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Saturday, November 18, 2006

McKee's Story

I am interrupting my bit on Myer-Briggs to speak about Robert McKee's Story. Ally Blake confessed on The PHS to not understanding it and the bit she posted showed that she did indeed have problems.
Personally I love and adore the book. I am very glad my editor recommended it to me. I think it is better than Donald Maass's Writing the Break out Novel and is absolutely crammed full of techniques.
But it is not an easy read, and it is not a *How to* book in the sense of follow the bouncing ball. It is a course in form so that the writer can go back apply the techniques when something is not working. It is not about giving formulas. It is a book I am constantly dipping in and out of. It is a book that provides insight to the careful reader. But it does take some getting to grips with -- a university or even post-grad level course rather than a high school level. Maass covers much of the same ground btw.

He most emphatically does not recommend the three act structure as some fondly imagine. Instead he says a story is a series of acts that build to a last act climax or story climax which brings about absolute and irreversible change. One technique he suggests for a sagging middle where there are few subplots is to add more acts. The climax of each act needs to be greater than previous one, building to that last critical moment. And if you put in too many climatic scenes, the reader can have overload. If there is not progression, the reader loses interest and throws the book against the wall.

Act is simply a term for a series of related scenes. Each scene should contain an event or change, and a scene is built from a series of beats. Beats are made up of actions and reactions from various characters.

He believes in essence all stories boil down to one simple tale -- The Quest. Basically the progtagonist's life is thrown out of balance, making im have a conscious or unconscious desire to restore that balance and harmony to his life. The protagonist goes on a quest to achieve his Object of Desire is pitted against various forces until he achieves the desire or does not achieve it, depending on the type of outcome the story teller wants.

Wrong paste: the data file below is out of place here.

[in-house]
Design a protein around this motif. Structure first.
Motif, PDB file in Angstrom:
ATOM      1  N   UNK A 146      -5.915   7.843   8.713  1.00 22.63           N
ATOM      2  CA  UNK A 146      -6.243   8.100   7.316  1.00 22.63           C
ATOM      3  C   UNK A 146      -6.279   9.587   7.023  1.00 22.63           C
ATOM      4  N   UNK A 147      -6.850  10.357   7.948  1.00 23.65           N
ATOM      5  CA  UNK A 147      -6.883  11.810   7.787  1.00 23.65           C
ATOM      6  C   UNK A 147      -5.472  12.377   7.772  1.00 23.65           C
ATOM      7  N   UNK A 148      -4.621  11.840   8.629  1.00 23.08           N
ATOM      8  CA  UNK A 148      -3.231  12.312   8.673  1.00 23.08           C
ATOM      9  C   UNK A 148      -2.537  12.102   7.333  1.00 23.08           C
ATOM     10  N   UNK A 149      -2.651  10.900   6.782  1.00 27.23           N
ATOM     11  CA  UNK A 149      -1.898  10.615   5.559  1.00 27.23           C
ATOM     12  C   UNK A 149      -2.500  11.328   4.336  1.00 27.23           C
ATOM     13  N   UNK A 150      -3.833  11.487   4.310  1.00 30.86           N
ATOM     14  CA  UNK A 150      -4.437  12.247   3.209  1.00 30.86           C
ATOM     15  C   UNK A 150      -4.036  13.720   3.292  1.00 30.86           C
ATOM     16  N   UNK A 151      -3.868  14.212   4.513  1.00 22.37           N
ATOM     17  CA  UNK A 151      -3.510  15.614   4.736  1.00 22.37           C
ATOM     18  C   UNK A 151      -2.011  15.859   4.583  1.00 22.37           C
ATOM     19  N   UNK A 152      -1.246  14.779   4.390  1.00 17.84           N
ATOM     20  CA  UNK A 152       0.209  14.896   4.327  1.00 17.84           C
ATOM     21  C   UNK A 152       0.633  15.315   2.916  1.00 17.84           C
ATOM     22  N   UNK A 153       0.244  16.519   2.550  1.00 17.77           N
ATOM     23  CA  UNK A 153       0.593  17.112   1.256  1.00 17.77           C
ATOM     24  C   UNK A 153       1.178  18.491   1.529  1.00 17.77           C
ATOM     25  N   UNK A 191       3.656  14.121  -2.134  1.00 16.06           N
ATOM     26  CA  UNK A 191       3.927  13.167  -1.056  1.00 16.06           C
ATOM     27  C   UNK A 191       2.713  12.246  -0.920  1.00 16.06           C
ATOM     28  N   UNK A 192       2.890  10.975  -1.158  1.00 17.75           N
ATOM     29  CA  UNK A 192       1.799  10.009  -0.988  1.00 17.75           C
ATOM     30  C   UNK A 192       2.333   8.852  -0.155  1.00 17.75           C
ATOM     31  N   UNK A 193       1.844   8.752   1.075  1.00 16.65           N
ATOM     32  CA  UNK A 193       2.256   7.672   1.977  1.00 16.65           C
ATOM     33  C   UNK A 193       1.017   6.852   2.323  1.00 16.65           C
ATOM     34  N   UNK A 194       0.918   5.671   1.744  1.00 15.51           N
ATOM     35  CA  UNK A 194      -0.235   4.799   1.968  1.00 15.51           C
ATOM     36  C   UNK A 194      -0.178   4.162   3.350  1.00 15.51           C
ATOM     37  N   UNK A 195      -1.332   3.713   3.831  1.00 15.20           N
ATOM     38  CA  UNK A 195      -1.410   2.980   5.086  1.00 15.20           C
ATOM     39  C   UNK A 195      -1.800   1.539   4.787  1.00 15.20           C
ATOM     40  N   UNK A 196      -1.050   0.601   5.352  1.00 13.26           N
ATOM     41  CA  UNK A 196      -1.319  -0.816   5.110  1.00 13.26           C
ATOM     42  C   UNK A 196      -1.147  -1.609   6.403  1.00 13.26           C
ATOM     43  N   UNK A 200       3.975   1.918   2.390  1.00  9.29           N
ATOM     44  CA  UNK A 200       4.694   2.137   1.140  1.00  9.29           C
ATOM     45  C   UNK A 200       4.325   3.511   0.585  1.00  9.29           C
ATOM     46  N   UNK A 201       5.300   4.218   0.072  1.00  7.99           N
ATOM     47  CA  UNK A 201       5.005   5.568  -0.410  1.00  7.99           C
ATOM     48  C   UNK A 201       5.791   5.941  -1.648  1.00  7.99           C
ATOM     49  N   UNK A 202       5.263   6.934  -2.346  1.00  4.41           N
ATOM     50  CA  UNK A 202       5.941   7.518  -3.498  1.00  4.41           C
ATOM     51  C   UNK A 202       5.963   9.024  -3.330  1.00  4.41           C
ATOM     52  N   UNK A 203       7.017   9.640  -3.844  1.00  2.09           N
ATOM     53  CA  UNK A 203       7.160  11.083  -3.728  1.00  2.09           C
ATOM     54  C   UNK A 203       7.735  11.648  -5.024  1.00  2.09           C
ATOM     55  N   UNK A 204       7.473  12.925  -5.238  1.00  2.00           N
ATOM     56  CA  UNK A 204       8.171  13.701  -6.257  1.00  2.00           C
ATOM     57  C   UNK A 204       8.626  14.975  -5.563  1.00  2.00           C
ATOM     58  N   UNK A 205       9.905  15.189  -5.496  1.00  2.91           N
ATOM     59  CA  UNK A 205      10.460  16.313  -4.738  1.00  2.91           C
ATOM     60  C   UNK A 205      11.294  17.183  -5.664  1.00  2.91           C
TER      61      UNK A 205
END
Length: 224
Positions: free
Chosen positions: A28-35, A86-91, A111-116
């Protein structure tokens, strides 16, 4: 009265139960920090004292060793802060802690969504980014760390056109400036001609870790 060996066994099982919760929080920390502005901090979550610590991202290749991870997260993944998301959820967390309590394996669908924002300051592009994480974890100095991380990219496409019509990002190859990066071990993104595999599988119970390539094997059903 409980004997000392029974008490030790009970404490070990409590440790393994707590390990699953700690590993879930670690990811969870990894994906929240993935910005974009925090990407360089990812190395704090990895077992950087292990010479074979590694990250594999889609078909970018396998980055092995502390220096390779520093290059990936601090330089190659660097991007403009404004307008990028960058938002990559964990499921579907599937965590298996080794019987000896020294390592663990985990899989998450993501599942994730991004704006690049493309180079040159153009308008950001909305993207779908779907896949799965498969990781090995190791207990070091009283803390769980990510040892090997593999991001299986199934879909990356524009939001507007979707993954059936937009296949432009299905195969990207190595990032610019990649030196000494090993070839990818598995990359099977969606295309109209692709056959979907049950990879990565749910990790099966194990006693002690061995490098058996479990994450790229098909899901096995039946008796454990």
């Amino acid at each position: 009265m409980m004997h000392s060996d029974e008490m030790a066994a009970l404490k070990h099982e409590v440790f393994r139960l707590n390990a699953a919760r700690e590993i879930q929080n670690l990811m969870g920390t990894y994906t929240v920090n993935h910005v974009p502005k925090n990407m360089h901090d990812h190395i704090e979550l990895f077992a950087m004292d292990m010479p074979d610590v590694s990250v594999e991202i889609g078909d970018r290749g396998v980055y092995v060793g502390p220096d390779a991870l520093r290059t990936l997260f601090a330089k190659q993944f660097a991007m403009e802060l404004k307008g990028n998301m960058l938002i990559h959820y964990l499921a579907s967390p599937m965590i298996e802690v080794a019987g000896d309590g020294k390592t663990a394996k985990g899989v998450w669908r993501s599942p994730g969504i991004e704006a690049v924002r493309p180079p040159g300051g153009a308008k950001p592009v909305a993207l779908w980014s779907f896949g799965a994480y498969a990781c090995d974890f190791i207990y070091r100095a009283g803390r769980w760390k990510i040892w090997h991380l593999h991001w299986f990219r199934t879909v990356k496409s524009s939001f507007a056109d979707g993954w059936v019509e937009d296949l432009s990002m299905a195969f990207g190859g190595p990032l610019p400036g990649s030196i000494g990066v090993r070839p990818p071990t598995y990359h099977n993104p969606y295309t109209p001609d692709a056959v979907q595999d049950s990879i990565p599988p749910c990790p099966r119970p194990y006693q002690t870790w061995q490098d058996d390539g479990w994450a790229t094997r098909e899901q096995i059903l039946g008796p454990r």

In Romance -- the ending is upbeat and the protagonist eventually achieves a HEA.

The best thing about McKee is that he isn ot providing a formula, but rather giving forms. In other words, the writer reads the book, absorbs it, writes his story and when the Crows of Doubt are circling has powerful tools in her toolbox to actually scare them away. His scene analysis should NOT be used to create scenes but to FIX scenes that feel flat. It is about understanding the building blocks, so that you can create, rather than slavishly following some prescribed formula. Form not formula.

One of the more interesting discussions he has is on character. True character v characterization. Characterization is things like hair color, mode of transport, clothing, etc. True character is what emerges when the protagonist is put under pressure. What choices does he/she make and why? What risks is s/he willing to take? How much is s/he willing to risk and why? Which brings me neatly back to Myer-Briggs as Myer-Briggs is all about true character rather than characterization.

2 comments:

Janet said...

Here's a link to an excerpt from 'Story'
http://www.writersstore.com/article.php?articles_id=244

Janet said...

Hmm. That link was to long to show up properly. it missed a 4 off the end.

I'll try again as it shows 2 excepts and both worth reading.

Here it is in two parts.(No space between them)

http://www.writersstore.com/
article.php?articles_id=244